If your truck is five or six years old and the battery hasn't been replaced, you should start thinking about an upgrade. Investing in a higher-quality deep-cycle gel-filled battery is worth the extra cost (they can run close to $200), especially if you're planning on running extra lights, a winch, or any plug-in accessories, as more accessories require extra capacity. Whatever you have, a good deep-cycle (meaning it will survive being deeply drained many times), heavier-duty battery is typically a vast improvement over the lead acid brick that came with your vehicle when new.

For our install, we opted for an Optima Yellow Top battery to suit our future back-country adventures. Mechanically speaking, there aren't many installs easier than this one. All we needed was a pair of pliers and a rag. The whole install took about an hour, resulting in more cold-cranking power, more reserve power, more safety, and more confidence. The battery is completely sealed so there is no maintenance, no caustic chemical to spill, and up to 15 times more vibration strength. Optimas are sold as three models (Red for stronger starts, Yellow for deep-cycling and cranking, and Blue Top for marine and RV applications). Red Tops have CCA of 720 or 800, Yellow Tops 450 to 830, and Blue Tops 750 to 900. Whichever you choose, it's likely to be the last battery you buy for your vehicle.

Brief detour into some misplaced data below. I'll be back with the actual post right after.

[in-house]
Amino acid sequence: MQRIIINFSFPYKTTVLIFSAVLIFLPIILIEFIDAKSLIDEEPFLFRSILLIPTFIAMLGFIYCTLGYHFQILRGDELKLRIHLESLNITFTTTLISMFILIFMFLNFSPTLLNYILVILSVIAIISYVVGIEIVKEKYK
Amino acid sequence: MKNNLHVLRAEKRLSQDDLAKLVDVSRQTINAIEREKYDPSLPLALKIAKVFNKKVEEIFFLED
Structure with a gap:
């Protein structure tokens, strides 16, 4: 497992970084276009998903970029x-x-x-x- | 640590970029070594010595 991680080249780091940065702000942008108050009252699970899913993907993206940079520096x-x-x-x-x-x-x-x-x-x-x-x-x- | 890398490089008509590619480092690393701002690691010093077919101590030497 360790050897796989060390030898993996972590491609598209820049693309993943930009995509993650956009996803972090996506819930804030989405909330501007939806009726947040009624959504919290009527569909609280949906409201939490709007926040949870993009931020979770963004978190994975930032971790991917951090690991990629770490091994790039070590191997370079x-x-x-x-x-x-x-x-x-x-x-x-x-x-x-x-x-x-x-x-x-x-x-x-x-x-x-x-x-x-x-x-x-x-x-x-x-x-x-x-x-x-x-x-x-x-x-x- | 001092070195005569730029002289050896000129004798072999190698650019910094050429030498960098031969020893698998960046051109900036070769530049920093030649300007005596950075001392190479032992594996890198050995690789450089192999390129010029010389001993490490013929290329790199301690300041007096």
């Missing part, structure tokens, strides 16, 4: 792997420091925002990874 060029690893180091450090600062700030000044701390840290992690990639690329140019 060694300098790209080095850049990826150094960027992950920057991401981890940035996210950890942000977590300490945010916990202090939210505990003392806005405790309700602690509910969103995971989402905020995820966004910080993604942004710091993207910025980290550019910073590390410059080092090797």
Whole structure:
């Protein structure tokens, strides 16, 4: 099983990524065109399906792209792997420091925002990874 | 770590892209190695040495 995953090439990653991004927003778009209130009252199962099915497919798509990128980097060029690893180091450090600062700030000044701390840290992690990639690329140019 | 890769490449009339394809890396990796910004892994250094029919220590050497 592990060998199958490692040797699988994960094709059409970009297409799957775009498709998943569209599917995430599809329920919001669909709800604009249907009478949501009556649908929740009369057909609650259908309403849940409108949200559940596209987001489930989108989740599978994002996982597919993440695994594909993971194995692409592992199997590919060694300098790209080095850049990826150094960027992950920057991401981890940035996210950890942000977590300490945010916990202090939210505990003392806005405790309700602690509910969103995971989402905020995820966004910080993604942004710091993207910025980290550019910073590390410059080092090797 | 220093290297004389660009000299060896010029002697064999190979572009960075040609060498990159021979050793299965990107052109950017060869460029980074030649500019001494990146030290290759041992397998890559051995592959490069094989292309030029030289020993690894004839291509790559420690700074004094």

1. Our factory Acura battery was beginning to lose its energy-holding abilities, requiring us to occasionally break out the battery charger for an overnight trickle. To remove your current battery, simply loosen the terminal clamp nuts and factory battery hold-down bracket.

2. With the plastic battery surround removed and mounting plate cleaned (with a light baking soda-and-water solution), cut a small piece of rubberized matting and place the needed Optima mounting adapter on the battery plate. Because the Optima is smaller than the factory battery, we needed to raise it to reuse the hold-down bracket.